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How to Deadhead Flowers

Garden Therapy: Don't Forget to Deadhead


Deadheading can seem daunting, but it's a simple process that will keep your flowers looking fantastic and blooming all season long. By removing the dead flowers, you're tricking the plant into producing more buds, but don’t just pull off the petals. To properly deadhead flowers, be sure to discard spent blossoms as well as seed pods, which are located at the center or just behind the flower. Some people like to get rid of the dead bits by pinching them off, while others just use gardening shears. It's a personal preference, but either method is fine — I generally use my fingers, but will reach for the shears with sticky plants like petunias, as well as for prickly ones such as roses. How do you know when a flower is dead? Dead flowers often turn brown or colorless and dry up. Don't worry if you accidentally remove a blossom that's not completely at the end of its life, a new stem and flower (or two) should grow in its absence.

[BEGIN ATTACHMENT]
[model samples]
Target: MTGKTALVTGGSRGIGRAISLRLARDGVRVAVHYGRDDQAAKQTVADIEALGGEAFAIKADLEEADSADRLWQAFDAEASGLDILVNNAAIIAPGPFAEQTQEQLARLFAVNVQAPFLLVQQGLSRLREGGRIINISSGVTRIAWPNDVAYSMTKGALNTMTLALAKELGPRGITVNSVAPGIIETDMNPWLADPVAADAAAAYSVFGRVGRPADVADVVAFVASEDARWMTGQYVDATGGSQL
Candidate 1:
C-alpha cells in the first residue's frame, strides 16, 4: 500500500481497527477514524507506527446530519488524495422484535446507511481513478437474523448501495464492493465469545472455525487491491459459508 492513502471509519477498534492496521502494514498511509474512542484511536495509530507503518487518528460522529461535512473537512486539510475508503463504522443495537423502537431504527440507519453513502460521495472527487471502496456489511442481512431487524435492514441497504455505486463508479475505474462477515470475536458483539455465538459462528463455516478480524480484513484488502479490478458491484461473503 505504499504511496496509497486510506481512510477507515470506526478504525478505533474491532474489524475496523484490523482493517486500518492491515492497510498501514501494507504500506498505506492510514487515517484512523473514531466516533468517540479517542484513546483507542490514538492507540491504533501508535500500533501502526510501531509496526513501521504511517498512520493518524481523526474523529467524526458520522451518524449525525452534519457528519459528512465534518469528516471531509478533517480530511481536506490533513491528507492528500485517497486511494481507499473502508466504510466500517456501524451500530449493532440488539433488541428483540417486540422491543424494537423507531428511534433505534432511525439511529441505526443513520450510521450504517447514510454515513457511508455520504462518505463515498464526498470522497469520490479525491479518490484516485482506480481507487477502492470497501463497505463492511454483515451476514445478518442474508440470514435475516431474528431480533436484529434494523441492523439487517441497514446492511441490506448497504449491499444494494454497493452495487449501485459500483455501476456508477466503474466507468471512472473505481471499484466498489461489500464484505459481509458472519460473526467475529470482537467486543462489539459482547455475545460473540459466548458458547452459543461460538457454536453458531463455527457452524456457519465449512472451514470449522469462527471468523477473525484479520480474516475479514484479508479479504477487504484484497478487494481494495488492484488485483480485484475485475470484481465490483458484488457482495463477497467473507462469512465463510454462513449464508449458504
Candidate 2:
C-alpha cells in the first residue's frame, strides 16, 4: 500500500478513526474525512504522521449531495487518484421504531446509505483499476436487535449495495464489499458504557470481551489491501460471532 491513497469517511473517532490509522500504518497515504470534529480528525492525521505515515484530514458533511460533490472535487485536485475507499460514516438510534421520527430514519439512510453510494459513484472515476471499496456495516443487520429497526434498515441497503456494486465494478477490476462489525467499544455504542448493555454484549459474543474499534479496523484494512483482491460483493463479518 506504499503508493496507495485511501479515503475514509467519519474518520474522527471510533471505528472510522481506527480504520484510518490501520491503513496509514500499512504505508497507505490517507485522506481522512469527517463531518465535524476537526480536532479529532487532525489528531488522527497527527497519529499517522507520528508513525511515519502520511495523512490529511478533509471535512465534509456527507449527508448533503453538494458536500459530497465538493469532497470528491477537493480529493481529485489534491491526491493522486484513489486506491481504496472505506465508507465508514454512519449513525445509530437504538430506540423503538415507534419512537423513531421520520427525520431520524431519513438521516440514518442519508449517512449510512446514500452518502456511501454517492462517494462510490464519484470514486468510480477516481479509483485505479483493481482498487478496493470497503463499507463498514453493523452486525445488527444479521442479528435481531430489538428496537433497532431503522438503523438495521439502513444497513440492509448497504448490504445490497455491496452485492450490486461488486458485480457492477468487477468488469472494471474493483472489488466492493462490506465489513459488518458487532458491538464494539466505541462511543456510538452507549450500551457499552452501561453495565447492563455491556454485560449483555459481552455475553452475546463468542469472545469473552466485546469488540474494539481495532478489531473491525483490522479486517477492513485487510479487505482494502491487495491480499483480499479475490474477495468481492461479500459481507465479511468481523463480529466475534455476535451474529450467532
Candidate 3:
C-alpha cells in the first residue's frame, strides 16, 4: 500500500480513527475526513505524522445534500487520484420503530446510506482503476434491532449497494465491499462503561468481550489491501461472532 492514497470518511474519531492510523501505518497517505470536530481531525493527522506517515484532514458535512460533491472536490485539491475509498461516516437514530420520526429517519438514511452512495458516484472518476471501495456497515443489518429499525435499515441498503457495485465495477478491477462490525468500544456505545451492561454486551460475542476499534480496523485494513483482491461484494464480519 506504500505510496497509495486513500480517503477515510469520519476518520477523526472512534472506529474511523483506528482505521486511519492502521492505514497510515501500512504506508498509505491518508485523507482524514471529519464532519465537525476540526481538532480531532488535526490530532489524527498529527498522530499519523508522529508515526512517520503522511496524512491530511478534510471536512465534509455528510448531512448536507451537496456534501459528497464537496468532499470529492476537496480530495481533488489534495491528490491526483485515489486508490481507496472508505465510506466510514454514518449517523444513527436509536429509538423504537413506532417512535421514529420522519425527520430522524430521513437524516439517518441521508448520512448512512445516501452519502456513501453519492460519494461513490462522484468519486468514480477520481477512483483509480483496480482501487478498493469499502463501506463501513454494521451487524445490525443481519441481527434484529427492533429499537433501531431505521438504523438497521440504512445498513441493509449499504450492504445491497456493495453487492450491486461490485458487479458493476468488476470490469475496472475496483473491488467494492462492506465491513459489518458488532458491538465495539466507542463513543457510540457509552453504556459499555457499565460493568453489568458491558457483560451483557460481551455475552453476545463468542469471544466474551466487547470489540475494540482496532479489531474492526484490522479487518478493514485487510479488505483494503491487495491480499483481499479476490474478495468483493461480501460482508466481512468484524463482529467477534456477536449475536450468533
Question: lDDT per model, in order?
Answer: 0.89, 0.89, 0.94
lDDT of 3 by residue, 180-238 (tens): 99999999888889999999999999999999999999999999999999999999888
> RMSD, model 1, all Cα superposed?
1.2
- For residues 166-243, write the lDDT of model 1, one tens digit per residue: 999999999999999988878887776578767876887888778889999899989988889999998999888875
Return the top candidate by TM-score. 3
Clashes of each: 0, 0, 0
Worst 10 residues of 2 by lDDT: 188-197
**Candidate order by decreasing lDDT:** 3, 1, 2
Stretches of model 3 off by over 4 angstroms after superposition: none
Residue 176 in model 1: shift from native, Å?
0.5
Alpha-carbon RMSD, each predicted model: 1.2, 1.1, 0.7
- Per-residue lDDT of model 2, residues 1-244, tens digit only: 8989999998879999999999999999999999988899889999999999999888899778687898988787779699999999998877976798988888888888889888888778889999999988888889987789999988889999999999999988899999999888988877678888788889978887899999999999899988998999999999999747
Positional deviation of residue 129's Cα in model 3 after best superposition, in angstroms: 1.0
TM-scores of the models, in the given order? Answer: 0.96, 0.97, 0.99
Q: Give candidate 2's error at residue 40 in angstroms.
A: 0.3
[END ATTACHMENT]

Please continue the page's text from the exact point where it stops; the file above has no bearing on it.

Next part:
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GlowingMoon GlowingMoon 6 years
I'm a novice gardener, and I learning the value of deadheading my flowering ornamentals. It seems that timing is important to keep the plant continuing with blooms.
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